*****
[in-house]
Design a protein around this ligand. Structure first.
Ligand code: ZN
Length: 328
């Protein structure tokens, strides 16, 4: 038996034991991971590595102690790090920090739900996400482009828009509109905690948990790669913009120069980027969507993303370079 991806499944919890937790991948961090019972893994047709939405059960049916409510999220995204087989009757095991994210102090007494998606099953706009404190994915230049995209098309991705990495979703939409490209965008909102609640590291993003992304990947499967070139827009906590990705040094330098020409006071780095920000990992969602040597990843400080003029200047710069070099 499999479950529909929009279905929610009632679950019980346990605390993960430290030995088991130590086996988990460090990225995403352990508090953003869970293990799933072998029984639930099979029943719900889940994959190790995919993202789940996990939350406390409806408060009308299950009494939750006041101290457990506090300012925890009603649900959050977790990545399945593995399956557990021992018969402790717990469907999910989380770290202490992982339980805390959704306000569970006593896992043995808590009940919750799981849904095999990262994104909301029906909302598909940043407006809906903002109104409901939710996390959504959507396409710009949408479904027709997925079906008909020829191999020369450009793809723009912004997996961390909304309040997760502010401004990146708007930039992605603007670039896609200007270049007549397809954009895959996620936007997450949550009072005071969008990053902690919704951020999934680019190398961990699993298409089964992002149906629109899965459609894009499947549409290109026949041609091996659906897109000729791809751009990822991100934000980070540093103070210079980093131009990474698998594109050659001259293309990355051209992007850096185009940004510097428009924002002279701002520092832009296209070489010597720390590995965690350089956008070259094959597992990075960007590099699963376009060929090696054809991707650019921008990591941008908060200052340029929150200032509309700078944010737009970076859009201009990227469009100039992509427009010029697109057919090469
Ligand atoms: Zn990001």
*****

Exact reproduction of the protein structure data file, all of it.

[in-house]
Design a protein around this ligand. Structure first.
Ligand code: ZN
Length: 328
């Protein structure tokens, strides 16, 4: 038996034991991971590595102690790090920090739900996400482009828009509109905690948990790669913009120069980027969507993303370079 991806499944919890937790991948961090019972893994047709939405059960049916409510999220995204087989009757095991994210102090007494998606099953706009404190994915230049995209098309991705990495979703939409490209965008909102609640590291993003992304990947499967070139827009906590990705040094330098020409006071780095920000990992969602040597990843400080003029200047710069070099 499999479950529909929009279905929610009632679950019980346990605390993960430290030995088991130590086996988990460090990225995403352990508090953003869970293990799933072998029984639930099979029943719900889940994959190790995919993202789940996990939350406390409806408060009308299950009494939750006041101290457990506090300012925890009603649900959050977790990545399945593995399956557990021992018969402790717990469907999910989380770290202490992982339980805390959704306000569970006593896992043995808590009940919750799981849904095999990262994104909301029906909302598909940043407006809906903002109104409901939710996390959504959507396409710009949408479904027709997925079906008909020829191999020369450009793809723009912004997996961390909304309040997760502010401004990146708007930039992605603007670039896609200007270049007549397809954009895959996620936007997450949550009072005071969008990053902690919704951020999934680019190398961990699993298409089964992002149906629109899965459609894009499947549409290109026949041609091996659906897109000729791809751009990822991100934000980070540093103070210079980093131009990474698998594109050659001259293309990355051209992007850096185009940004510097428009924002002279701002520092832009296209070489010597720390590995965690350089956008070259094959597992990075960007590099699963376009060929090696054809991707650019921008990591941008908060200052340029929150200032509309700078944010737009970076859009201009990227469009100039992509427009010029697109057919090469
Ligand atoms: Zn990001």